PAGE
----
WSU basketball team moves on without senior point guard Reggie Moore
PULLMAN – From an outsider’s perspective, it has been a somewhat tumultuous – and, to be sure, busy – offseason for the Washington State basketball team.
There have been personnel changes, most notably the dismissal of senior point guard Reggie Moore in late September. There was a coaching change, with the addition of assistant Ray Lopes, and former assistant Jeff Hironaka moving to a role as director of player development. And a pair of players who signed with the Cougars in November were ruled ineligible to play this season.
But fourth-year coach Ken Bone is all smiles in his office on a late-September afternoon, embracing the positives as WSU prepares to begin practices on Friday for the upcoming season.
He likes the way his team bonded during a five-game tour of Australia in August. He doesn’t think the loss of Moore, WSU’s only true point guard, will dramatically affect the way the Cougars run their offense. And though star recruit Demarquise “Que” Johnson was ruled ineligible to play this season, Bone said he’s thrilled that Johnson is enrolled at WSU with the opportunity to play next year.
“It’s a disappointment that Reggie won’t be here this year,” Bone said. “But other than that …”
Still, there will be questions about how the Cougars will replace Moore, who led the Pac-12 last season in assists but was booted from the team recently for an undisclosed violation of team policy.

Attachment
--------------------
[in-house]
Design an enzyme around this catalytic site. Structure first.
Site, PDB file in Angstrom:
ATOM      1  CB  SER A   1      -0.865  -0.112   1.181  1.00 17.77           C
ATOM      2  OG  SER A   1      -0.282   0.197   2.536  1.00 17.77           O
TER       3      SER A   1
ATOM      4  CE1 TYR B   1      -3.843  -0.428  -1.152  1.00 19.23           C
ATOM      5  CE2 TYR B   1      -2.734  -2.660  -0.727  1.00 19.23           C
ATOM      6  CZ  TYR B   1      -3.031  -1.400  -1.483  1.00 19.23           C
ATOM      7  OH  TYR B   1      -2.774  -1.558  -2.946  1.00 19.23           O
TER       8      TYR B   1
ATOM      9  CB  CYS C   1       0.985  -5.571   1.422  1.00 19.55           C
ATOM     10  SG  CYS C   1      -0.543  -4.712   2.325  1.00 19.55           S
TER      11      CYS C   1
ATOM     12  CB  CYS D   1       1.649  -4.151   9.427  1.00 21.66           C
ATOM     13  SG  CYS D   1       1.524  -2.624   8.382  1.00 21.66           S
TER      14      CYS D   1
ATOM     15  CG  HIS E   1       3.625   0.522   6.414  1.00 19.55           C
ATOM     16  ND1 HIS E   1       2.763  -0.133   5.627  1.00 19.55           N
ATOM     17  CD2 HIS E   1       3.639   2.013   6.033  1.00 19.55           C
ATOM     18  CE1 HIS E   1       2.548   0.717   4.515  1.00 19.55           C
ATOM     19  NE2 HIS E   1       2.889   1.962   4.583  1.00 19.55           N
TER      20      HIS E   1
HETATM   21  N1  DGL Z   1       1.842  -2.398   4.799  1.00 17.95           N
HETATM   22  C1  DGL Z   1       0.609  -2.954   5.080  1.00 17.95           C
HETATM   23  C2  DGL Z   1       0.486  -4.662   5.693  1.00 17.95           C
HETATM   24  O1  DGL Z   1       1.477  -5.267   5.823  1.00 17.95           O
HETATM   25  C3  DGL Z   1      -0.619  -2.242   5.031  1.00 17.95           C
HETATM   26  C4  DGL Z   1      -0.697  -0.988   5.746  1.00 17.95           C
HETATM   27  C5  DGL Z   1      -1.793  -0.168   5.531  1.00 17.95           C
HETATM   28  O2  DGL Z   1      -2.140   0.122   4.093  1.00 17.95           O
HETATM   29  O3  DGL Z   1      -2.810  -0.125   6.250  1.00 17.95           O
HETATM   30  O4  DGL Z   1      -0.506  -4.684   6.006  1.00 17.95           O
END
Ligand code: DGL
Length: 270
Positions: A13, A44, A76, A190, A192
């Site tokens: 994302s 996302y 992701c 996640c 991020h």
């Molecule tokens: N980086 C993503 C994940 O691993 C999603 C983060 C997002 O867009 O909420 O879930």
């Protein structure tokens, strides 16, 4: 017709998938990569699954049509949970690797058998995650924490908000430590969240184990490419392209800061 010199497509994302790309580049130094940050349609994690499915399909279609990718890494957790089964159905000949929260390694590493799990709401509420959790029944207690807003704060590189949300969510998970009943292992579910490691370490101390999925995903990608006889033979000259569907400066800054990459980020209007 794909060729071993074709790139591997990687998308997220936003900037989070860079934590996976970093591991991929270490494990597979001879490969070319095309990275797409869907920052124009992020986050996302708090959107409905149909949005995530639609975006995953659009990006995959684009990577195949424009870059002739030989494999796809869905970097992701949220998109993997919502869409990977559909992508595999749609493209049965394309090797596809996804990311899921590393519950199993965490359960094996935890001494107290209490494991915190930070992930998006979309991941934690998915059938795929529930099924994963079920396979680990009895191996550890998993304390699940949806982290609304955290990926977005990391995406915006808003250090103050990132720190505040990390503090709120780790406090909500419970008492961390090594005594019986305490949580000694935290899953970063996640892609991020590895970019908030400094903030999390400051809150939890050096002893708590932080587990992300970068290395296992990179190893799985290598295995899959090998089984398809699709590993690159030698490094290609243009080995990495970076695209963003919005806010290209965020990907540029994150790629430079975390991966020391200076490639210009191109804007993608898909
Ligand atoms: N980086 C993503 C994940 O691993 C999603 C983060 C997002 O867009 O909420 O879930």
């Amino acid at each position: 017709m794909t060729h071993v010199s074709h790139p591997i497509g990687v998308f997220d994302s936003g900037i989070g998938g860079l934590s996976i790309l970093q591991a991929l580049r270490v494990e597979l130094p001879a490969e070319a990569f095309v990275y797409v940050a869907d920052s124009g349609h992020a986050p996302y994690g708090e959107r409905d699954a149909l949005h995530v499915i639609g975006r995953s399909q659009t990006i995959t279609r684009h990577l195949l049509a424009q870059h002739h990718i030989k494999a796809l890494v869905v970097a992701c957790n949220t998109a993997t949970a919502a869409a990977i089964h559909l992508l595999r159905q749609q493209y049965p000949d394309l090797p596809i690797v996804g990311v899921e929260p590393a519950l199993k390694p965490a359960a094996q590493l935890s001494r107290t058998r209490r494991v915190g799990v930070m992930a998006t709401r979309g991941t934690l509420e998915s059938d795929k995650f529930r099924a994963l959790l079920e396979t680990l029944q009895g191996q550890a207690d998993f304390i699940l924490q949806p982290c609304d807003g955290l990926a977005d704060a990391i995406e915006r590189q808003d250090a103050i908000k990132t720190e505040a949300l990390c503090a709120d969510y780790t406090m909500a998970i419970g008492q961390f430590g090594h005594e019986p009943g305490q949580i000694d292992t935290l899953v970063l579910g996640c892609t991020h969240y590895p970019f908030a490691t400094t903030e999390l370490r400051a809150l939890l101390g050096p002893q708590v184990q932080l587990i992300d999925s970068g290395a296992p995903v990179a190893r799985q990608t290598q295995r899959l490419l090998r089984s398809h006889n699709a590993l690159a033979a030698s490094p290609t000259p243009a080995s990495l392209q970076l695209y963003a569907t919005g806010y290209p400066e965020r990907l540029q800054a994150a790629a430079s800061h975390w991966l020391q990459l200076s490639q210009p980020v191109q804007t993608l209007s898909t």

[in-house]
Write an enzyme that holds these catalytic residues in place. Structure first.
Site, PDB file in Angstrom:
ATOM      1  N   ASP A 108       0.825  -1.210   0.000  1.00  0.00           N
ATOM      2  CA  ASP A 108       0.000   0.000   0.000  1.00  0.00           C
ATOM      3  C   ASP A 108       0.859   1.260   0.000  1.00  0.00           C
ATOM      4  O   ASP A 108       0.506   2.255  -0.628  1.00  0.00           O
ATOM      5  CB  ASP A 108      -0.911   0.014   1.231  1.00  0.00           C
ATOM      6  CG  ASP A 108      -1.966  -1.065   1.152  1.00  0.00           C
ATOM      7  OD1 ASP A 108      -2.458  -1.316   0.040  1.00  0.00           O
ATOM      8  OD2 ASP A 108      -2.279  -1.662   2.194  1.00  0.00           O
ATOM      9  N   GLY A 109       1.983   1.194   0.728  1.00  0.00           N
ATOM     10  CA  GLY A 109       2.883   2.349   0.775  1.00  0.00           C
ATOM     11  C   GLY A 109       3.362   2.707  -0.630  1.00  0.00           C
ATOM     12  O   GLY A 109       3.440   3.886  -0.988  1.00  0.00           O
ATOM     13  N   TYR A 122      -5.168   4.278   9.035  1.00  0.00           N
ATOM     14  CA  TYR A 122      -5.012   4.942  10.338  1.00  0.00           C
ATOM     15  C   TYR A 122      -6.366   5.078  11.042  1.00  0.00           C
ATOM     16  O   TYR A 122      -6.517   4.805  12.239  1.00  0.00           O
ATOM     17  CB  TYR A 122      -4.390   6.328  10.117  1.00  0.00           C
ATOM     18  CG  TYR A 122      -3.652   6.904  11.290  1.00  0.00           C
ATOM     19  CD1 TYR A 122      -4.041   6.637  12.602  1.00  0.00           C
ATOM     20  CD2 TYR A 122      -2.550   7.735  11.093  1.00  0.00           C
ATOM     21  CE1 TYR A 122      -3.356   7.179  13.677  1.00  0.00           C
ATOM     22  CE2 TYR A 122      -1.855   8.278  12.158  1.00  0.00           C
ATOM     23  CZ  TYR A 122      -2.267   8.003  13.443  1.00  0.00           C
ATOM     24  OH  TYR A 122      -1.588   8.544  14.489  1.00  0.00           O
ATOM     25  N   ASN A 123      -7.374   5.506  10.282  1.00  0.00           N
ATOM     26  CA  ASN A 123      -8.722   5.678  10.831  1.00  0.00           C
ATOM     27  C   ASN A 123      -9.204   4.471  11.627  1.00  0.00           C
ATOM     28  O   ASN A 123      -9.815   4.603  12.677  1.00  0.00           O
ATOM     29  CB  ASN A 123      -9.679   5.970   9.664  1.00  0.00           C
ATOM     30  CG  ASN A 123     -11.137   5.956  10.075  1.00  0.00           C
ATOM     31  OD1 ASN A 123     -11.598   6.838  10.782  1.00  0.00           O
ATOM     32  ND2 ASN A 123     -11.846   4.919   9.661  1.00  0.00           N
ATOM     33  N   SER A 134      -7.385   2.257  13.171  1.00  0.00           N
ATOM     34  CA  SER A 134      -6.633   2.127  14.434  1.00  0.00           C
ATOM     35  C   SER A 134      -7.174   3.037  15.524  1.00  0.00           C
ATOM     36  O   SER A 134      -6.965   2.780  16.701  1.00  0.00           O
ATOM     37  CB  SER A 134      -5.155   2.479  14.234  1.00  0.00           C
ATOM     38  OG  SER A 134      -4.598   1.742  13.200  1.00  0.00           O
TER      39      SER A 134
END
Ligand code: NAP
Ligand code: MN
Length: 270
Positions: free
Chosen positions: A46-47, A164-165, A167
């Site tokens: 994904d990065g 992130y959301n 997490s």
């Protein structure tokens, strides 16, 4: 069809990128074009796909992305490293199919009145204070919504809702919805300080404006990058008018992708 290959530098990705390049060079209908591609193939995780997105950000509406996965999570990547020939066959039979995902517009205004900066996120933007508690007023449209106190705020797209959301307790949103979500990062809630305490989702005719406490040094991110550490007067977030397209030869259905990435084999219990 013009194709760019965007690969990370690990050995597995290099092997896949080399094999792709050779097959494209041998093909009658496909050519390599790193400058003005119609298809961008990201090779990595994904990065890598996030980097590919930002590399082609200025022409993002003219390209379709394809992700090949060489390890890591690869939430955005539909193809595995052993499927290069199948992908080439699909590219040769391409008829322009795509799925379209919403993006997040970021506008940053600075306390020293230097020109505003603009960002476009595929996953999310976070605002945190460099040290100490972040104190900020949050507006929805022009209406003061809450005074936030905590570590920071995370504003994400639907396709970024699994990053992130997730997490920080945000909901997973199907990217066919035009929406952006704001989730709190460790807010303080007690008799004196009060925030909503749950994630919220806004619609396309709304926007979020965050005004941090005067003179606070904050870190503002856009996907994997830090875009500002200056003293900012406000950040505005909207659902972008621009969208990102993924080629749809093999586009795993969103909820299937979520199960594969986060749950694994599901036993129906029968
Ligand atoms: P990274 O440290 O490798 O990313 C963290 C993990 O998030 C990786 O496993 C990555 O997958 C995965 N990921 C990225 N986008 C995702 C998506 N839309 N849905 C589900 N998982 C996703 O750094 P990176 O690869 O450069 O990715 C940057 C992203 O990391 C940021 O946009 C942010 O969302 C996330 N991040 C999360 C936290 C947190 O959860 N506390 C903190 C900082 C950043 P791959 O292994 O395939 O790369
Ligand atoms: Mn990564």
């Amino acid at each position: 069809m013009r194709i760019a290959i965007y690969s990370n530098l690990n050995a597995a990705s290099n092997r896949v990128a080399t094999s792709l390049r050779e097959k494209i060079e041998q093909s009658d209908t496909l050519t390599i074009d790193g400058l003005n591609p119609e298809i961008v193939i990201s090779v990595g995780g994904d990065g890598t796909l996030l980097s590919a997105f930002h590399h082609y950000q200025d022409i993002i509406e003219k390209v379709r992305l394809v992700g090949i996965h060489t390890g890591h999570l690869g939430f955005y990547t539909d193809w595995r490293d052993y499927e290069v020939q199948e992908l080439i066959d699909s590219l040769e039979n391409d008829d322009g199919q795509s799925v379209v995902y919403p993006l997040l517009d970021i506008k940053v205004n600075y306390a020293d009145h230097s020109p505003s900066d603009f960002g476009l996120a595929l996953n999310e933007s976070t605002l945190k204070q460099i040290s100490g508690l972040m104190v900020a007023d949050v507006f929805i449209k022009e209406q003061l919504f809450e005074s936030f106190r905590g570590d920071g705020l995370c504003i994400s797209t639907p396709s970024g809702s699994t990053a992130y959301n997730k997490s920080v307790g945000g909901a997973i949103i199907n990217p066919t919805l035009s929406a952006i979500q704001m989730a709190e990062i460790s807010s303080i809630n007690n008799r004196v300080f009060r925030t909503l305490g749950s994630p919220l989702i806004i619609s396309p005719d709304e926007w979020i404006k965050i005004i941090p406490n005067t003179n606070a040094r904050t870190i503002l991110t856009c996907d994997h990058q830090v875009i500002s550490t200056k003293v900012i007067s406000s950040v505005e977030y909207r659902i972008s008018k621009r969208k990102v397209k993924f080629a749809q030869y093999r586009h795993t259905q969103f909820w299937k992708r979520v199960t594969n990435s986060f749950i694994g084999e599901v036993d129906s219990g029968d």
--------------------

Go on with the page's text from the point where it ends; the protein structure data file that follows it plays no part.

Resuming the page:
Bone declined to comment on the rule Moore violated, though Moore told The Spokesman-Review’s Vince Grippi in a written statement that he “made a costly mistake” and wanted to apologize to WSU fans for his actions.
“He was one of my closest friends, if not my closest friend,” sophomore guard DaVonte Lacy said. “I wouldn’t have made it last year without him. It hurts, but it is what it is. You can’t really do anything about it now.”
“It’s never fun to see somebody have to depart the program,” said Bone, who landed an oral commitment from Moore as his first recruit at WSU in 2009. “But you move on. We have a lot of other good players and we will tweak some things here and there.”
Those tweaks might include an offense that doesn’t feature a true point guard, Bone said, though the Cougars often run their offense out of two-guard fronts anyway.
Sophomores Lacy and Royce Woolridge, along with senior Mike Ladd, seem logical replacements.
“We’re all D-1 athletes,” Lacy said. “So I can trust Dex (Kernnich-Drew), Mike, me, Dominic Ballard, Royce – I can trust any of them. Not one person has to step up. I just think the whole team has to step up.”
“I’m not sure you just take a guy and say, ‘OK, you’re the new point guard,’ unless that guy truly is a point guard,” Bone said. “We’ll be creative. Maybe Brock (Motum) will bring the ball up the court. Maybe Mike Ladd will. I don’t know yet. It’ll come down to what we’re trying to accomplish, what we’re running and what makes sense.”
Motum returns for his senior season as the Pac-12’s defending scoring champion and is one of two returning starters for the Cougars. Lacy is the other.
The roster has been slightly retooled. WSU added three freshmen (Johnson, shooting guard Brett Boese and forward Richard Longrus) and four transfers (centers Jordan Railey and James Hunter, former Oregon guard Brett Kingma and walk-on Bellevue transfer Keaton Hayenga), and also added freshman walk-on Bryce Leavitt.
“Once fall practice starts, that will form better dynamics and the chemistry will come along because we’ll spend a lot of time in the gym together,” Motum said. “Going to Australia helped. When real games start and start to count, we’ll click a lot better.”
WSU begins practice Friday with a 9 p.m. fan event at Beasley Coliseum.